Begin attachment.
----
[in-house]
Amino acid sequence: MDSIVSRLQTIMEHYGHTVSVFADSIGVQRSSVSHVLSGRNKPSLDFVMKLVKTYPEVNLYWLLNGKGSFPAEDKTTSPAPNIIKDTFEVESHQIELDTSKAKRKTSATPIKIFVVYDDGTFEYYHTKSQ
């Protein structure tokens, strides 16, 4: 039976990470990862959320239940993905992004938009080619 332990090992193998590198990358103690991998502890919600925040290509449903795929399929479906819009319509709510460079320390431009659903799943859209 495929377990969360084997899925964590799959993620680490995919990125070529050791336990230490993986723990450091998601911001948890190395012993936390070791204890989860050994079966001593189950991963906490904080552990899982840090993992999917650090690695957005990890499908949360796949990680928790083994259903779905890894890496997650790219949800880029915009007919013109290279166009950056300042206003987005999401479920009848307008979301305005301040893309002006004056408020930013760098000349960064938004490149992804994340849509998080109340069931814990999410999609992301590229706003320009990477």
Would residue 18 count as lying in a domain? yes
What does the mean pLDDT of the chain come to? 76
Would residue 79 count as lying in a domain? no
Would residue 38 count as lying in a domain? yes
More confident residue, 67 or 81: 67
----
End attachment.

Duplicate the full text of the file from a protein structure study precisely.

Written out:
[in-house]
Amino acid sequence: MDSIVSRLQTIMEHYGHTVSVFADSIGVQRSSVSHVLSGRNKPSLDFVMKLVKTYPEVNLYWLLNGKGSFPAEDKTTSPAPNIIKDTFEVESHQIELDTSKAKRKTSATPIKIFVVYDDGTFEYYHTKSQ
């Protein structure tokens, strides 16, 4: 039976990470990862959320239940993905992004938009080619 332990090992193998590198990358103690991998502890919600925040290509449903795929399929479906819009319509709510460079320390431009659903799943859209 495929377990969360084997899925964590799959993620680490995919990125070529050791336990230490993986723990450091998601911001948890190395012993936390070791204890989860050994079966001593189950991963906490904080552990899982840090993992999917650090690695957005990890499908949360796949990680928790083994259903779905890894890496997650790219949800880029915009007919013109290279166009950056300042206003987005999401479920009848307008979301305005301040893309002006004056408020930013760098000349960064938004490149992804994340849509998080109340069931814990999410999609992301590229706003320009990477």
Would residue 18 count as lying in a domain? yes
What does the mean pLDDT of the chain come to? 76
Would residue 79 count as lying in a domain? no
Would residue 38 count as lying in a domain? yes
More confident residue, 67 or 81: 67